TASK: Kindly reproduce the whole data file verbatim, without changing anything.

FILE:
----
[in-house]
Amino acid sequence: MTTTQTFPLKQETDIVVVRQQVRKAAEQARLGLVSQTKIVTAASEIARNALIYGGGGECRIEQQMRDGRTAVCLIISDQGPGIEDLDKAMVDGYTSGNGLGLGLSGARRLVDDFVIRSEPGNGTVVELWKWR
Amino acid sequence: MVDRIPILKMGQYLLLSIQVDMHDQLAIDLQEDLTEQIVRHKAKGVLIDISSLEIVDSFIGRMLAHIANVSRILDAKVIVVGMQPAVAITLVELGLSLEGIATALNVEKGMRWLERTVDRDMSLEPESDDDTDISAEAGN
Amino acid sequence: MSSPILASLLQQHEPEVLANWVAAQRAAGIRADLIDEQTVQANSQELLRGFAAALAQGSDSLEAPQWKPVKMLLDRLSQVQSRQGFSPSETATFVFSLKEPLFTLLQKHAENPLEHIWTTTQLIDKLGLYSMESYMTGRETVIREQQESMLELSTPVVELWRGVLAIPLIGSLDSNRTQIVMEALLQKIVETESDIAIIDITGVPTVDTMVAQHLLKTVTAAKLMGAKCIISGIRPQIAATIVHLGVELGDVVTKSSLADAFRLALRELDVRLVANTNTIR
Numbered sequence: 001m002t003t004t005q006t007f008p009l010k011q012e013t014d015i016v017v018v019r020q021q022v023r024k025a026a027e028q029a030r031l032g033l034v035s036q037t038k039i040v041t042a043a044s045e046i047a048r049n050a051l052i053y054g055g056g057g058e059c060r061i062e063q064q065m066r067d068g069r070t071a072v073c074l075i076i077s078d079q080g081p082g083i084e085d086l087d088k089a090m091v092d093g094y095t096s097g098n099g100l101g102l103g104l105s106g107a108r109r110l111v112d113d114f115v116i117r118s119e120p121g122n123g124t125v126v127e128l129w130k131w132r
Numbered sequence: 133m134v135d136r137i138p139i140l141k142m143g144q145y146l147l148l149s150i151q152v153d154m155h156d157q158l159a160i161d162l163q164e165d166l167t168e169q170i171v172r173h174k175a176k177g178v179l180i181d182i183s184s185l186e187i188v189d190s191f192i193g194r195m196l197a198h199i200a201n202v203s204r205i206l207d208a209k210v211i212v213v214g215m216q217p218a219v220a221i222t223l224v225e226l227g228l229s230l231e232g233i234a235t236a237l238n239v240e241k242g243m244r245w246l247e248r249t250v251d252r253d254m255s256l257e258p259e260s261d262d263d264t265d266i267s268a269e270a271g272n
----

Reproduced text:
[in-house]
Amino acid sequence: MTTTQTFPLKQETDIVVVRQQVRKAAEQARLGLVSQTKIVTAASEIARNALIYGGGGECRIEQQMRDGRTAVCLIISDQGPGIEDLDKAMVDGYTSGNGLGLGLSGARRLVDDFVIRSEPGNGTVVELWKWR
Amino acid sequence: MVDRIPILKMGQYLLLSIQVDMHDQLAIDLQEDLTEQIVRHKAKGVLIDISSLEIVDSFIGRMLAHIANVSRILDAKVIVVGMQPAVAITLVELGLSLEGIATALNVEKGMRWLERTVDRDMSLEPESDDDTDISAEAGN
Amino acid sequence: MSSPILASLLQQHEPEVLANWVAAQRAAGIRADLIDEQTVQANSQELLRGFAAALAQGSDSLEAPQWKPVKMLLDRLSQVQSRQGFSPSETATFVFSLKEPLFTLLQKHAENPLEHIWTTTQLIDKLGLYSMESYMTGRETVIREQQESMLELSTPVVELWRGVLAIPLIGSLDSNRTQIVMEALLQKIVETESDIAIIDITGVPTVDTMVAQHLLKTVTAAKLMGAKCIISGIRPQIAATIVHLGVELGDVVTKSSLADAFRLALRELDVRLVANTNTIR
Numbered sequence: 001m002t003t004t005q006t007f008p009l010k011q012e013t014d015i016v017v018v019r020q021q022v023r024k025a026a027e028q029a030r031l032g033l034v035s036q037t038k039i040v041t042a043a044s045e046i047a048r049n050a051l052i053y054g055g056g057g058e059c060r061i062e063q064q065m066r067d068g069r070t071a072v073c074l075i076i077s078d079q080g081p082g083i084e085d086l087d088k089a090m091v092d093g094y095t096s097g098n099g100l101g102l103g104l105s106g107a108r109r110l111v112d113d114f115v116i117r118s119e120p121g122n123g124t125v126v127e128l129w130k131w132r
Numbered sequence: 133m134v135d136r137i138p139i140l141k142m143g144q145y146l147l148l149s150i151q152v153d154m155h156d157q158l159a160i161d162l163q164e165d166l167t168e169q170i171v172r173h174k175a176k177g178v179l180i181d182i183s184s185l186e187i188v189d190s191f192i193g194r195m196l197a198h199i200a201n202v203s204r205i206l207d208a209k210v211i212v213v214g215m216q217p218a219v220a221i222t223l224v225e226l227g228l229s230l231e232g233i234a235t236a237l238n239v240e241k242g243m244r245w246l247e248r249t250v251d252r253d254m255s256l257e258p259e260s261d262d263d264t265d266i267s268a269e270a271g272n